“Shoot and make us the last cowardly generation [in Egypt],” begins the two-hour “Tahrir Monologues." In the performance — it is not a play, according to the event’s flyers — 20 young people act out and recount their stories from the first 18 days of the revolution.
The performers narrate their personal takes on those eventful days: the fear that filled their hearts, the pride and the humiliation, the passiveness of some, the determination of others and the sense of victory that followed when President Hosni Mubarak stepped down in February. This is the third season for the “Tahrir Monologues” since it started in May. In this short time, the monologues and the storytelling format gained popularity, drawing packed houses for the most recent performances at the Rawabet and Jesuit theaters.
“Tahrir Monologues” is an emotionally strong performance. The monologues are sincere and moving, touching on themes and emotions most Egyptians can relate to; many of the audience filling Rawabet on Monday night had similar experiences or knew friends who got injured or killed during the revolution.
Technically, the monologues are a bit weak. The performers are amateurs and many of them struggle with projection and articulation. In a small theater like Rawabet, a well-trained performer would not need a microphone.
The start of the performance is extremely low-energy, with no real enthusiasm invested in the monologues. It does pick up vigor slowly though, before it falls again with the audience getting bored after the first hour has passed.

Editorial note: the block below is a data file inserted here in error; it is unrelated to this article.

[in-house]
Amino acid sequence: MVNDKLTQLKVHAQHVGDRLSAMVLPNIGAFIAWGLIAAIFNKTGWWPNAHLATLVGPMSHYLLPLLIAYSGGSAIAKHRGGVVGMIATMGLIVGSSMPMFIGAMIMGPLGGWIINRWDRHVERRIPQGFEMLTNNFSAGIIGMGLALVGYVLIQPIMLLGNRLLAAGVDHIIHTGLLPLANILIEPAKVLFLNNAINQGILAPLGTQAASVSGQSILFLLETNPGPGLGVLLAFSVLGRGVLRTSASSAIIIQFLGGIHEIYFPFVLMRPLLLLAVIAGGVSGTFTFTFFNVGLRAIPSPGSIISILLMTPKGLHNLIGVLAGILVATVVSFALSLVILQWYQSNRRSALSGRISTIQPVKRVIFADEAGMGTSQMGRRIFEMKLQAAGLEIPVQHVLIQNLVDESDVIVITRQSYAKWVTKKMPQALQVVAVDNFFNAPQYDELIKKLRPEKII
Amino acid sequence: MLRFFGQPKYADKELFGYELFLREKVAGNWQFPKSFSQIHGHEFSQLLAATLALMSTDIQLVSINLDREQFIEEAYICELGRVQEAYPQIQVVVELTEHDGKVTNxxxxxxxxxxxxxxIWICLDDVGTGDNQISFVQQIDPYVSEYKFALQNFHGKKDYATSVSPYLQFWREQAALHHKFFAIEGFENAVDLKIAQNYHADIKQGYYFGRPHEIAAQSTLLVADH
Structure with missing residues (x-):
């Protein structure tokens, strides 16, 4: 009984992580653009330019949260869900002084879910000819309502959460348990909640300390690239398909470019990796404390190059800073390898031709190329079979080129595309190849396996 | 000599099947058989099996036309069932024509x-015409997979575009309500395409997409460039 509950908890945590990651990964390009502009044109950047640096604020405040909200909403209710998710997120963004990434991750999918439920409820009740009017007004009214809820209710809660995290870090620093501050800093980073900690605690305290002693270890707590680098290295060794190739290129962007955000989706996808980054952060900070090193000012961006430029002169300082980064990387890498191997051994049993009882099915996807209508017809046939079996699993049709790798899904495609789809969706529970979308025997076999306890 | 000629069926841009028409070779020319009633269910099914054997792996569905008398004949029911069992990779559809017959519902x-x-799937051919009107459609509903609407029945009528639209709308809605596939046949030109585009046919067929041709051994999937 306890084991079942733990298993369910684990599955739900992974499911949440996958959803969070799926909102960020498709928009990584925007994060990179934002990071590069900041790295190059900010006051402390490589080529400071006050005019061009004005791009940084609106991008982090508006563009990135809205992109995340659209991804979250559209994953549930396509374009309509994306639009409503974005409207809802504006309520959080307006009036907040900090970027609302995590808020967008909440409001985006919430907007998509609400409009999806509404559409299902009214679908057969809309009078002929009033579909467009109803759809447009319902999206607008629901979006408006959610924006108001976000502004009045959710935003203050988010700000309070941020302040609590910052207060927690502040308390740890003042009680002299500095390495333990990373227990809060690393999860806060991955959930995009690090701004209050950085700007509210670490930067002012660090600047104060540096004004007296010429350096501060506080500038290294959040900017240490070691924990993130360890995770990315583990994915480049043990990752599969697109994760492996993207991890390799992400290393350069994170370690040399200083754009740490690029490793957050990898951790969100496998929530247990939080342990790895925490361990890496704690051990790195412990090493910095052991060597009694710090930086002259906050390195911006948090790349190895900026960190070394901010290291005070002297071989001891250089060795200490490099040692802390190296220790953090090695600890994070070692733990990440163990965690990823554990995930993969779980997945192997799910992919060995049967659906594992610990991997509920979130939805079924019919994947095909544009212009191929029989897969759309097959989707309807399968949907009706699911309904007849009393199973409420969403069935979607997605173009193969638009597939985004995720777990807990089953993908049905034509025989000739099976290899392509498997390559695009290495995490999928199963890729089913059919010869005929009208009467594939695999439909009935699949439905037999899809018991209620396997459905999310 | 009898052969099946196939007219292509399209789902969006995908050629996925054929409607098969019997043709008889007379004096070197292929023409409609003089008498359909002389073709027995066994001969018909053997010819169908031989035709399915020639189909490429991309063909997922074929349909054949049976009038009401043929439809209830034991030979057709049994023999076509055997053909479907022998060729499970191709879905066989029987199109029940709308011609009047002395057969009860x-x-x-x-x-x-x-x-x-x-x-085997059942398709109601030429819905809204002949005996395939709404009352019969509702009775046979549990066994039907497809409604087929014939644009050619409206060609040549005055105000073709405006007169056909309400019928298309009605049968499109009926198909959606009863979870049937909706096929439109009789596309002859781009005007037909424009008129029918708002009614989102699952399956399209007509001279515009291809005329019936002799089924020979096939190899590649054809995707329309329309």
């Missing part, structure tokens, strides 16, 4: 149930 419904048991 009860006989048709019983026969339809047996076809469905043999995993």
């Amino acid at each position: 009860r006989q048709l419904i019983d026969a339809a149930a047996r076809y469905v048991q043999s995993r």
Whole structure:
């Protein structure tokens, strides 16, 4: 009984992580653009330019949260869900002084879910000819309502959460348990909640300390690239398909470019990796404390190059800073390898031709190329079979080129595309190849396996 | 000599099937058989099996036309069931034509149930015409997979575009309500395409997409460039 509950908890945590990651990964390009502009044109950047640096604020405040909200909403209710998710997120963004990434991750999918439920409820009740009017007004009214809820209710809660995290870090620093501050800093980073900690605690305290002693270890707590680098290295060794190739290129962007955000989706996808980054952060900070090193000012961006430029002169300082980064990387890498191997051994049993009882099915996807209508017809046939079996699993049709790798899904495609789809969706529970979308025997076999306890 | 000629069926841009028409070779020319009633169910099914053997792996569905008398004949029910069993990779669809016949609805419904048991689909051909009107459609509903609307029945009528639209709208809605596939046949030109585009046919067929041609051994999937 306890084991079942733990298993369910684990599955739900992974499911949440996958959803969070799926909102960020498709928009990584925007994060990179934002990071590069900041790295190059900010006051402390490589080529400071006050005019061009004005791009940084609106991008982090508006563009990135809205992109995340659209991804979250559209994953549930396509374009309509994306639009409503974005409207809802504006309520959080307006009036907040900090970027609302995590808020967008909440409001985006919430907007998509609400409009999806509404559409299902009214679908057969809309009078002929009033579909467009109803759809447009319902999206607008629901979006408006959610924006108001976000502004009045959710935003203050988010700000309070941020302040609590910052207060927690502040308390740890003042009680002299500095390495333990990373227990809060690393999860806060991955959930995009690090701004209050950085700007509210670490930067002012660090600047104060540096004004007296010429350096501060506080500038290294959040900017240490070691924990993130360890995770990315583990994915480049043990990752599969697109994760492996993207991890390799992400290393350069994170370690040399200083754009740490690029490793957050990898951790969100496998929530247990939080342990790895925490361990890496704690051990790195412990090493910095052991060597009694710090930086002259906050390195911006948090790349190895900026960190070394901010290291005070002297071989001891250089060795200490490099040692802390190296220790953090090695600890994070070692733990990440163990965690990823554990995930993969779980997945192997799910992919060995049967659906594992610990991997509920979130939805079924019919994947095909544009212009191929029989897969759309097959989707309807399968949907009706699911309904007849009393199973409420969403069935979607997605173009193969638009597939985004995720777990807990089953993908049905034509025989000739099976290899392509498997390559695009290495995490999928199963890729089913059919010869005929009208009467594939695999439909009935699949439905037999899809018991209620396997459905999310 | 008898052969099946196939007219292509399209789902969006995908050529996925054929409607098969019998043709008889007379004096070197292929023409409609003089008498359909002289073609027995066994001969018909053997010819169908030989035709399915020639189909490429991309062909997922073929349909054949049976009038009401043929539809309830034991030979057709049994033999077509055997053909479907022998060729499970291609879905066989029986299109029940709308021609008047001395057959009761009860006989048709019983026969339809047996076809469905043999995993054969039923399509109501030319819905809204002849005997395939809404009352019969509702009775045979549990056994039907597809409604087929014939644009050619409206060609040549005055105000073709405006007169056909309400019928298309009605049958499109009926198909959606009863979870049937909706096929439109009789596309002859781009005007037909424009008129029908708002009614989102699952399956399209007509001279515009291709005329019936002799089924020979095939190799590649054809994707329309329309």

Throughout the two hours, it’s easy to tell the true, heartfelt stories from the fictional recitations, even when the latter are performed well.
All this takes place with a nearly empty stage as a backdrop. A few banners hang from the grill, featuring Egyptian faces from the revolution, among which are the famous protester sporting a cooking pot on his head for protection, as well as young men shouting and chanting, women screaming and smiling, a bearded man preaching and other snippets from the scene in Tahrir Square. A sedate, sad tune plays in the background.
From time to time, the performers interact with audience members, engaging them by distributing food, drinks, paper masks and other goodies that were handed out during protests in the square.
A two-hour performance of monologues might not be the best format, but overall “Tahrir Monologues” is creative and does not fall under the category of overrated theatrical and artistic performances that simply use the revolution to gain viewership. It is a heartfelt experiment that just seems to need more theatrical guidance.
"Tahrir Monologues" is performed daily at 8:30 pm until 18 November at Rawabet Theater: 3 Hussein al-Memar St., off Mahmoud Bassiouny Street, Downtown, Cairo.